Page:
Sheep were considered to be the optimal experimental model due to their cerebral anatomical similarities with humans, specifically the cerebral gyrencephalic surface allowing better examination of the gray–white matter; a well-defined physiology of the ovine hemoglobin dissociation curve (6) and extensive experimental neuroscience experience using this animal model (79). A convenience sample of eight Ovis Aries wethers weighing 40 ± 5 kg were instrumented with a triple lumen central line (Cook Medical Inc., QLD, Australia) and two 16 Fr introducer sheaths in the right internal jugular vein. Via the central line, general anesthesia was given using ketamine with an initial bolus of 5 mg/kg and maintenance infusion between 0.5 and 1 mg/kg/h. Sedation was achieved with a combined infusion of midazolam (0.5 mg/kg/h), fentanyl (10 μg/kg/h), and alfaxalone (6 mg/kg/h), previously used in a mild head injury study (10) demonstrating that this anesthetic combination maintains cardiovascular stability without altering cerebral microcirculation in sheep (11). Hydration was maintained with an infusion of Hartmann’s solution up to a rate of 2 mL/kg/h, titrated to maintain a central venous pressure of 6–10 mmHg. Cardiovascular monitoring included cardiac output (CO) and vascular resistances via a Swan-Ganz catheter as previously described (10, 12) and a 5 F umbilical vessel catheter (Argyle, Tyco HealthCare, Mansfield, MA, USA), placed in the right femoral artery to allow a withdrawal of blood at a rate of 10 ml/min. Orotracheal intubation used a size 10 mm endotracheal tube (SIMS Portex, UK). Sheep were ventilated at 12 bpm with tidal volumes of 8 mL/kg and 5 cmH2O of PEEP with an initial FiO2 of 1.0 with the FiO2 and respiratory rate titrated to maintain a partial pressure of oxygen (PaO2) of >95 mmHg and normocapnia. PEEP levels were maintained at 5 cmH2O to minimize de-recruitment consistent with common clinical practice and known to have no detrimental effect on cerebral blood flow (10, 13). Neuro-monitoring included a Lycox PtiO2 probe and an intracranial pressure (ICP) monitor, Oxford Optronix Ltd., Oxford, UK. Craniectomies were performed before injury but dura was not pierced to avoid the ICP release if pierced beforehand. Craniotomies for the insertion of both probes were performed exactly 15 mm lateral to the sagittal suture and anterior to the coronal suture (9, 14). Probes were introduced at 35 and 15 mm from the skull, respectively, after piercing the dura with the end of the tip located at the white matter as previously performed (15).

To avoid red blood cell storage into the sheep’s spleen and maintaining stable hemoglobin throughout the study (16, 17), the ligation of the splenic artery was performed as reproduced from previous studies (10, 15).

The monitoring and preparation phase was completed with an intracardiac echocardiography guided insertion of a transeptal catheter into the left cardiac atrium (LA). Echocardiography images were obtained using an Acuson Sequoia C512 scanner (Siemens, California). Transeptal puncture and insertion of a pigtail catheter into the LA followed previously described methods (18).

Trauma Model

Under anesthesia, a blunt injury was applied over the left temporal bone using a non-penetrating stunner (model MKL, Karl Schermer, Ettlingen, Germany) with the intention to generate a severe head injury but without leading to brain death. This model followed the exact method as a previous study (10) leading to a final combination of contusion and acceleration injury (19). After injury, burr holes were formalized and the dura was pierced for the insertion of pressure and tissue-oximetry probes as previously described (10). The main difference with the previously reported study (10) was that in this study the goal was to achieve a severe head injury, unlike the former study which aimed to achieve a mild degree of head injury. To achieve this goal, recruited animals were significantly smaller in weight: while for the achievement of a “mild” head injury, animals weighed between 60 and 75 kg, in this study, recruited animals weighed between 40 and 45 kg. Subjects were still adult sheep and wethers of the same ovine species. As the impact forces generated by the same stunner were unchanged; the result of these forces onto smaller brains was expected to be different. This latter supposition is based upon the theoretical rationale that a reproducible and identical force may lead to greater impact or harm when applied to a smaller area.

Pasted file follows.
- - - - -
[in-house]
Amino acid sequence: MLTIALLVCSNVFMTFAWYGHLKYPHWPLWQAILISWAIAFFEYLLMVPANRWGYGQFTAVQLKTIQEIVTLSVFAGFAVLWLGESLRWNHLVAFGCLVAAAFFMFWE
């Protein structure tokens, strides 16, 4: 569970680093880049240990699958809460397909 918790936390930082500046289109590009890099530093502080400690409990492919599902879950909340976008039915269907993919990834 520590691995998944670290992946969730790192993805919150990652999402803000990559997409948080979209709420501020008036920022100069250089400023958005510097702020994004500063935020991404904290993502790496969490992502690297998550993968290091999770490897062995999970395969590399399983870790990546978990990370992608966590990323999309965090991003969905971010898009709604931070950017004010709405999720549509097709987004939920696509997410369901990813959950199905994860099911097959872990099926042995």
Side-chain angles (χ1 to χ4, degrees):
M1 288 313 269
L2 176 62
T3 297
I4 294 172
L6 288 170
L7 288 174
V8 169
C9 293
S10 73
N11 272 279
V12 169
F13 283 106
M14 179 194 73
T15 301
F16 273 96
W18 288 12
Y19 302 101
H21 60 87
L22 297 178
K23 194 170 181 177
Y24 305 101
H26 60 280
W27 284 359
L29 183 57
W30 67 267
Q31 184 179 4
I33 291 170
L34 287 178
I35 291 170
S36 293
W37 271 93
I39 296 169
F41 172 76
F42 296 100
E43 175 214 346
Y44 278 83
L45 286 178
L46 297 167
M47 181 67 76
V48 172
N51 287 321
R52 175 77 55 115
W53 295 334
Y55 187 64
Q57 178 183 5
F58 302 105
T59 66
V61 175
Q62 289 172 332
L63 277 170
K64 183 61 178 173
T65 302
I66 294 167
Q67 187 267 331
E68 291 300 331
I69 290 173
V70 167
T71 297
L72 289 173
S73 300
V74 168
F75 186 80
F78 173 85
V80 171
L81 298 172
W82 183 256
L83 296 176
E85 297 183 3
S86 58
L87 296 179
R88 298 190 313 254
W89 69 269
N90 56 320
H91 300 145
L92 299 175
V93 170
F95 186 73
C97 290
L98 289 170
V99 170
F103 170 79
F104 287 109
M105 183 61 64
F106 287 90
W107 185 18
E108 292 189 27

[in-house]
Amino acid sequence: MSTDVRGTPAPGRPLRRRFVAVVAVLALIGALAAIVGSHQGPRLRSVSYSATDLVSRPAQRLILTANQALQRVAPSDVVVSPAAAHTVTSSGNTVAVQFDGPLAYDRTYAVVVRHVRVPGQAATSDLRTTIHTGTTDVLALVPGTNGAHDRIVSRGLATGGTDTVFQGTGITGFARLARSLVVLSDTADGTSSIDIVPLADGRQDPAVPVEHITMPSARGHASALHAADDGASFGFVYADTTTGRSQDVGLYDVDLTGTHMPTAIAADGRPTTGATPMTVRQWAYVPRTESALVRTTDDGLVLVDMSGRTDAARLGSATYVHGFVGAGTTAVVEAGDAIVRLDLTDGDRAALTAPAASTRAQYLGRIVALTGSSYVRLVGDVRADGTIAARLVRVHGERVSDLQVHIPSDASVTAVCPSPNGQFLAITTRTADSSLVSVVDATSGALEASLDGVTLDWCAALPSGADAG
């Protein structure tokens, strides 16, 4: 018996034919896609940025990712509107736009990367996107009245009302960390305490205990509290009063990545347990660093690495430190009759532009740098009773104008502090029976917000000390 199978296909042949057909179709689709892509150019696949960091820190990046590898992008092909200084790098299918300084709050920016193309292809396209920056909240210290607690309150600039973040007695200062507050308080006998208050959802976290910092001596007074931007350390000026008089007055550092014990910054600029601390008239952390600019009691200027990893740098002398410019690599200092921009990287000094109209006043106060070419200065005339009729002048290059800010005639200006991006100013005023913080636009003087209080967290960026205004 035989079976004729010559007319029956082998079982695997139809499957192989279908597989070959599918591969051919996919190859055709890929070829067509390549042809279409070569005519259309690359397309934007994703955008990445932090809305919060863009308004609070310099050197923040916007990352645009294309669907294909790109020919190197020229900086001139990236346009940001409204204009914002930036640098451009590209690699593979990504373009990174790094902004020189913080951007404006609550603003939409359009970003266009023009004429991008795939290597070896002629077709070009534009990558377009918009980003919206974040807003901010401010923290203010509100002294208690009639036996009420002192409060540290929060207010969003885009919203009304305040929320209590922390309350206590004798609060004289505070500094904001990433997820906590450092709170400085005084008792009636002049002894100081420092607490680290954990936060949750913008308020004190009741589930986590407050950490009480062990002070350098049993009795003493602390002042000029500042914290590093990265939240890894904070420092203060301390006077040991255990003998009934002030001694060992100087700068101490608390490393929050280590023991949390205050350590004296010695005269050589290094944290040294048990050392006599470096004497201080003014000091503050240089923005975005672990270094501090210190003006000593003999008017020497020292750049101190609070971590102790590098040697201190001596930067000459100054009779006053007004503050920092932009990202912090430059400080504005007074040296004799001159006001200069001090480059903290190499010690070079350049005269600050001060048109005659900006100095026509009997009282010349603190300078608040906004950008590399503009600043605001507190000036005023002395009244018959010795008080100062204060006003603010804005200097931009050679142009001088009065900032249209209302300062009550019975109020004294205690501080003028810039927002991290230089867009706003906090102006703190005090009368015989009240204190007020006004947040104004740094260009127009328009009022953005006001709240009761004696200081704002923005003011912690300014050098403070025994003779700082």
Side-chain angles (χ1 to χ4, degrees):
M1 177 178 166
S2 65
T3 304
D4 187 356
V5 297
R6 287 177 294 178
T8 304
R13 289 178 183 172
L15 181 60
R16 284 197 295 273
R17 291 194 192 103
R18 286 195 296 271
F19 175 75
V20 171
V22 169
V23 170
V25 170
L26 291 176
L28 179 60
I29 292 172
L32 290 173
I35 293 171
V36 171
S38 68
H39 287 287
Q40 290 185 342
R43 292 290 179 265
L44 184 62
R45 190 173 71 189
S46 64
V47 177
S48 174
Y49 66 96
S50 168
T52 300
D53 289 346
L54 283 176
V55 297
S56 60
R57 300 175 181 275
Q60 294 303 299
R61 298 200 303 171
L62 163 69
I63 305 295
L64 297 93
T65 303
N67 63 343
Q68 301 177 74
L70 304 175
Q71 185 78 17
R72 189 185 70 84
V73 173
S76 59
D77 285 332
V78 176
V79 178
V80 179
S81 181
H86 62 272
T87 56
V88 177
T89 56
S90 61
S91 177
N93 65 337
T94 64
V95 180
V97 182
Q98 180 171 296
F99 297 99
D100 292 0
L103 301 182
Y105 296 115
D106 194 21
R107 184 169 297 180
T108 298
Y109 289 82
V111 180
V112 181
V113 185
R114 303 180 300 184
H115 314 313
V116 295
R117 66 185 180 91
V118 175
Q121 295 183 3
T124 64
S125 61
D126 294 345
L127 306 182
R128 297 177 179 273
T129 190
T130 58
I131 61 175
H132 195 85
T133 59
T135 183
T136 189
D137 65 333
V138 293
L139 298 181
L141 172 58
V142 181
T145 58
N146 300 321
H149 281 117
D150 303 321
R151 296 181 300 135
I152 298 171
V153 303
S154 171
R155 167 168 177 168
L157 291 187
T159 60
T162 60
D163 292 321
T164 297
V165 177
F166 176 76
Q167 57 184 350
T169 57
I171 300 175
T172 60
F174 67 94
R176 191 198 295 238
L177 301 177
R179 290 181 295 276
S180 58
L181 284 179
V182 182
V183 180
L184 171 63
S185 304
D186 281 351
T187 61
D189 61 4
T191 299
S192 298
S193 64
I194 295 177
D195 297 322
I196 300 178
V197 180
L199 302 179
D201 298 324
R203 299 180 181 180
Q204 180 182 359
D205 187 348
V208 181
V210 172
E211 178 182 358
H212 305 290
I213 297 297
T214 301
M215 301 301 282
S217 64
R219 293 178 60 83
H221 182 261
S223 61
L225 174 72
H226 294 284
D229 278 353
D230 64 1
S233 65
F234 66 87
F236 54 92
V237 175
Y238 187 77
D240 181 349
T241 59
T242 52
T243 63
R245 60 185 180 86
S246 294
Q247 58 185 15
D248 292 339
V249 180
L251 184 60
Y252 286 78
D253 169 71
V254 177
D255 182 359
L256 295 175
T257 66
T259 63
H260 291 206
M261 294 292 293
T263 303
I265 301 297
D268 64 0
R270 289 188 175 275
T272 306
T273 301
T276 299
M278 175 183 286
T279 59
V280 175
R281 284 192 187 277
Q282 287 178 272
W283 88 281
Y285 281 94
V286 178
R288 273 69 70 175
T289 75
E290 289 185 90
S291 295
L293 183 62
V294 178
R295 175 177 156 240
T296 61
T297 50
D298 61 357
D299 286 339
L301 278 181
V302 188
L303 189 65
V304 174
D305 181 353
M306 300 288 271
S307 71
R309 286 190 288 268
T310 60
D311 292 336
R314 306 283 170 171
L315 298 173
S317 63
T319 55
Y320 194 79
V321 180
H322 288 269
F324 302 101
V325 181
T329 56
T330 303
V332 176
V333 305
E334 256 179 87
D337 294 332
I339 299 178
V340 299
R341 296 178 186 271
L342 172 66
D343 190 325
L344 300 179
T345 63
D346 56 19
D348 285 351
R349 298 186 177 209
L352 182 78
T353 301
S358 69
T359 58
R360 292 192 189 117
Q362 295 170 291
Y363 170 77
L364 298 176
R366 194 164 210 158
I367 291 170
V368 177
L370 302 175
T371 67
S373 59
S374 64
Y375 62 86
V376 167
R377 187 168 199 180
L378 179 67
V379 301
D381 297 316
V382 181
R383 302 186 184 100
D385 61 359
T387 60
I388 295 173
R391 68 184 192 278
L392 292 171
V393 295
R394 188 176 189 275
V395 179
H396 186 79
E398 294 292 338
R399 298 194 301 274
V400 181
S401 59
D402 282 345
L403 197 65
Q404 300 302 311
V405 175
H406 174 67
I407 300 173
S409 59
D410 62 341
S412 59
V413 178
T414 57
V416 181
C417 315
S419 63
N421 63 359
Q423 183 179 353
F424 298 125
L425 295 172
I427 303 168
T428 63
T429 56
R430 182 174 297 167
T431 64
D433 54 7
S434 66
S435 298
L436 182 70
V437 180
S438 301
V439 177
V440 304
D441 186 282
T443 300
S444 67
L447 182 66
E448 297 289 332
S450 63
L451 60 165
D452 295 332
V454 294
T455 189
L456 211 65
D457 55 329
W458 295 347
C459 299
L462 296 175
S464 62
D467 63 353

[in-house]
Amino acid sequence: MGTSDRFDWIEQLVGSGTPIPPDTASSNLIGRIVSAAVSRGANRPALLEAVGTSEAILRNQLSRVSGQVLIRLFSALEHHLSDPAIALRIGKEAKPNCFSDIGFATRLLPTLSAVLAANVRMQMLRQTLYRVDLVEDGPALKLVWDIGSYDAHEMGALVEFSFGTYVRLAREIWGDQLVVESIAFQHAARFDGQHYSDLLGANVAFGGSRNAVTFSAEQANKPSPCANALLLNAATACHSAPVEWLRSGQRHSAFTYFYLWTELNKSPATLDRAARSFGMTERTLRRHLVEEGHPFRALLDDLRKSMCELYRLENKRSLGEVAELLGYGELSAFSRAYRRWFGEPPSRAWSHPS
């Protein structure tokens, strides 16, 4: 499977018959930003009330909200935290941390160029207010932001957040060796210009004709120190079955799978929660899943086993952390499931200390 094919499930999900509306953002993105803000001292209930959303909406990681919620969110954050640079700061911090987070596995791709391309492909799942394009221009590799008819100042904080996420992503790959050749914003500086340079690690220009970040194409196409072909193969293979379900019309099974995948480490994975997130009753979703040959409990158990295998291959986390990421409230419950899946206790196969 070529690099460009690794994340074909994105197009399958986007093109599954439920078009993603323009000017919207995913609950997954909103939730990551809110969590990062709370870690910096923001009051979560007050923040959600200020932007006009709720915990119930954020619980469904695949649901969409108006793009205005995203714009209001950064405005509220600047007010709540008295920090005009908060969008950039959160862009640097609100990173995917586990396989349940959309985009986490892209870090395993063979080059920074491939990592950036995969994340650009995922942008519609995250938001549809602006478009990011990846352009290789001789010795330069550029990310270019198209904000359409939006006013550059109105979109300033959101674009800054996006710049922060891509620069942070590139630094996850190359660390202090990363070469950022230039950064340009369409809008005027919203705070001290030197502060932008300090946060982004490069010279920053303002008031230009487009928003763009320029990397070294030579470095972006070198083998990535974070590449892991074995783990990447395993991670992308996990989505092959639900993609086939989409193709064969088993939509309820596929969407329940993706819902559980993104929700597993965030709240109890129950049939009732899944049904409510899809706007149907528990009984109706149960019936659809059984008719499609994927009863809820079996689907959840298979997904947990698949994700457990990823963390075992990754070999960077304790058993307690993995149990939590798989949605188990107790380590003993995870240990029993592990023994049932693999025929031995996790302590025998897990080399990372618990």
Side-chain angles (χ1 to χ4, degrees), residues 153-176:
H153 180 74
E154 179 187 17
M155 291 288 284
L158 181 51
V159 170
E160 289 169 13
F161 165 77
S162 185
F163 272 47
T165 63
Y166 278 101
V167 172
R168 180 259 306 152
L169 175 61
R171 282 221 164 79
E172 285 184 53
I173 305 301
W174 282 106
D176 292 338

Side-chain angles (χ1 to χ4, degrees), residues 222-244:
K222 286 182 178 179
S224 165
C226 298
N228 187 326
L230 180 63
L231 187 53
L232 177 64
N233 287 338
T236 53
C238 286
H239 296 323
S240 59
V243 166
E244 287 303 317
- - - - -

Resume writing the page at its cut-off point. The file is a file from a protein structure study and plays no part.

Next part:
Protocol for Microspheres Injection

At each time point (T0 corresponding to baseline, T1–T4 corresponding to first to fourth hours after trauma, respectively) an injection of color-coded microspheres [E-Z TRAC; Interactive Medical Technology (IMT), Los Angeles, CA, USA] was done through the LA pigtail catheter as performed previously (10, 15, 20). Randomly assigned colors at each time point and subject minimized selection biases and allowed the tracking of RMBF at specific anatomical regions for each time point and subject. Five different colors (purple low, purple high, pink high, yellow high, and coral low) were recommended by the manufacturer www.microspheres.net to facilitate cytometric count. Each injection included a homogeneous mixture of one color microspheres of a density equal to five million spheres in a 0.8 ml. This microsphere density has been used (21) without causing microvascular occlusion.

Microspheres were injected 30 s after the initiation of the withdrawal pump. The withdrawal pump was connected to the arterial catheter with the intention to withdraw blood at an established rate of 10 ml/min to obtain the reference blood sample required for the calculation of regional tissue RMBF. Two minutes after commencement of the withdrawal pump, the reference blood sample collection was completed, and the inline catheter was flushed with Tween 80 reagent to recover all the microspheres that may have been entrapped in the line (22). This protocol reproduced the same steps as previously published studies (10, 15).